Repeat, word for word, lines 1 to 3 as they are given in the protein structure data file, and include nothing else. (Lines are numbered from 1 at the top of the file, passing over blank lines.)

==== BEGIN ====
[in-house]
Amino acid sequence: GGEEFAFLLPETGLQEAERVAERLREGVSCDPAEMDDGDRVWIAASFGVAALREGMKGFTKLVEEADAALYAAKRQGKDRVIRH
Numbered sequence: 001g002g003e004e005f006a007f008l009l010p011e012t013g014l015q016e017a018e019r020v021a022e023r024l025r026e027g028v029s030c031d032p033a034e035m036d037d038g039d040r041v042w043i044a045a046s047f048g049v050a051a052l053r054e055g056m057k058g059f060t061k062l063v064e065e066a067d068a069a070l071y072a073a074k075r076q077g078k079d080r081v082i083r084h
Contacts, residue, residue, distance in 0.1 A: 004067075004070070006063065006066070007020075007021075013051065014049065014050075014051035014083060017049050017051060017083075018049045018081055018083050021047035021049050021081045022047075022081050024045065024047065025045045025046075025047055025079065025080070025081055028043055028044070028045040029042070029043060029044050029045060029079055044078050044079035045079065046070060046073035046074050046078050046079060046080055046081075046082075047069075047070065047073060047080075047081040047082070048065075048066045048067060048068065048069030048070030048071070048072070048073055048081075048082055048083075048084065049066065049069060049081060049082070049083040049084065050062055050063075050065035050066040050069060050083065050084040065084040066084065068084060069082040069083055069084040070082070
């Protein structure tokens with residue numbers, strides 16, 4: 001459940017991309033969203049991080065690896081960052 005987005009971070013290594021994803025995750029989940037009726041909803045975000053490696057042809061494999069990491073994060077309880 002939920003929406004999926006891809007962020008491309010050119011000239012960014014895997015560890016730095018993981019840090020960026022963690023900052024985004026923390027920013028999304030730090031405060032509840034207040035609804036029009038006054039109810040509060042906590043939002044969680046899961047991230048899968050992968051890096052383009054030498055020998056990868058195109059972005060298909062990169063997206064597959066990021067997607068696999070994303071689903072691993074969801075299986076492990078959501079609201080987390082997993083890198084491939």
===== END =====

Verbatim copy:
[in-house]
Amino acid sequence: GGEEFAFLLPETGLQEAERVAERLREGVSCDPAEMDDGDRVWIAASFGVAALREGMKGFTKLVEEADAALYAAKRQGKDRVIRH
Numbered sequence: 001g002g003e004e005f006a007f008l009l010p011e012t013g014l015q016e017a018e019r020v021a022e023r024l025r026e027g028v029s030c031d032p033a034e035m036d037d038g039d040r041v042w043i044a045a046s047f048g049v050a051a052l053r054e055g056m057k058g059f060t061k062l063v064e065e066a067d068a069a070l071y072a073a074k075r076q077g078k079d080r081v082i083r084h